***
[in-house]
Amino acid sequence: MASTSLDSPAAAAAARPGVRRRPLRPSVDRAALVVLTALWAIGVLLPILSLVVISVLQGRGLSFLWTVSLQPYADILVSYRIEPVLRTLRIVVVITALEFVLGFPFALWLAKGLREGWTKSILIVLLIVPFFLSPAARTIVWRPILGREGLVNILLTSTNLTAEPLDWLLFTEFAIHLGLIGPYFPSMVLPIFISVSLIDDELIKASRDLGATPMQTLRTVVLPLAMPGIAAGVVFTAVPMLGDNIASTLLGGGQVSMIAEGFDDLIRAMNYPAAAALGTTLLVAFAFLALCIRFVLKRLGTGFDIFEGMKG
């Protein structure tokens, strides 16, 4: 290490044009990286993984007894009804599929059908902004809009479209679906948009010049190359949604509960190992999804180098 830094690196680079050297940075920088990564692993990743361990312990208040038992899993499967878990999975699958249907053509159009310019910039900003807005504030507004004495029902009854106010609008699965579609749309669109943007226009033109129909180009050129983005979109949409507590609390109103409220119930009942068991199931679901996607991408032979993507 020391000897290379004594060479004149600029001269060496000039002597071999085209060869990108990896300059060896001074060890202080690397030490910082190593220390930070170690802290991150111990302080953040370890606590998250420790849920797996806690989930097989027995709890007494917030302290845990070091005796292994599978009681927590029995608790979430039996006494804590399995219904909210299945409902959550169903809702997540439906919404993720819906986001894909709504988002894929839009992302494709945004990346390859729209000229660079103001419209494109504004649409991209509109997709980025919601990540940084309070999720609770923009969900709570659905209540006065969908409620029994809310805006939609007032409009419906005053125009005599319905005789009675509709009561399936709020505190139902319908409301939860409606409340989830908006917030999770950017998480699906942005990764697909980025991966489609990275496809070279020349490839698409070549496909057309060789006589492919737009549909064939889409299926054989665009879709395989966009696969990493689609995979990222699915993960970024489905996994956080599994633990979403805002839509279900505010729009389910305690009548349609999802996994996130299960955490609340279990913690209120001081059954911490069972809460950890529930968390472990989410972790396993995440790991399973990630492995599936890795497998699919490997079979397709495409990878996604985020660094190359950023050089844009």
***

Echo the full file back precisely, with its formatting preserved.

[in-house]
Amino acid sequence: MASTSLDSPAAAAAARPGVRRRPLRPSVDRAALVVLTALWAIGVLLPILSLVVISVLQGRGLSFLWTVSLQPYADILVSYRIEPVLRTLRIVVVITALEFVLGFPFALWLAKGLREGWTKSILIVLLIVPFFLSPAARTIVWRPILGREGLVNILLTSTNLTAEPLDWLLFTEFAIHLGLIGPYFPSMVLPIFISVSLIDDELIKASRDLGATPMQTLRTVVLPLAMPGIAAGVVFTAVPMLGDNIASTLLGGGQVSMIAEGFDDLIRAMNYPAAAALGTTLLVAFAFLALCIRFVLKRLGTGFDIFEGMKG
């Protein structure tokens, strides 16, 4: 290490044009990286993984007894009804599929059908902004809009479209679906948009010049190359949604509960190992999804180098 830094690196680079050297940075920088990564692993990743361990312990208040038992899993499967878990999975699958249907053509159009310019910039900003807005504030507004004495029902009854106010609008699965579609749309669109943007226009033109129909180009050129983005979109949409507590609390109103409220119930009942068991199931679901996607991408032979993507 020391000897290379004594060479004149600029001269060496000039002597071999085209060869990108990896300059060896001074060890202080690397030490910082190593220390930070170690802290991150111990302080953040370890606590998250420790849920797996806690989930097989027995709890007494917030302290845990070091005796292994599978009681927590029995608790979430039996006494804590399995219904909210299945409902959550169903809702997540439906919404993720819906986001894909709504988002894929839009992302494709945004990346390859729209000229660079103001419209494109504004649409991209509109997709980025919601990540940084309070999720609770923009969900709570659905209540006065969908409620029994809310805006939609007032409009419906005053125009005599319905005789009675509709009561399936709020505190139902319908409301939860409606409340989830908006917030999770950017998480699906942005990764697909980025991966489609990275496809070279020349490839698409070549496909057309060789006589492919737009549909064939889409299926054989665009879709395989966009696969990493689609995979990222699915993960970024489905996994956080599994633990979403805002839509279900505010729009389910305690009548349609999802996994996130299960955490609340279990913690209120001081059954911490069972809460950890529930968390472990989410972790396993995440790991399973990630492995599936890795497998699919490997079979397709495409990878996604985020660094190359950023050089844009």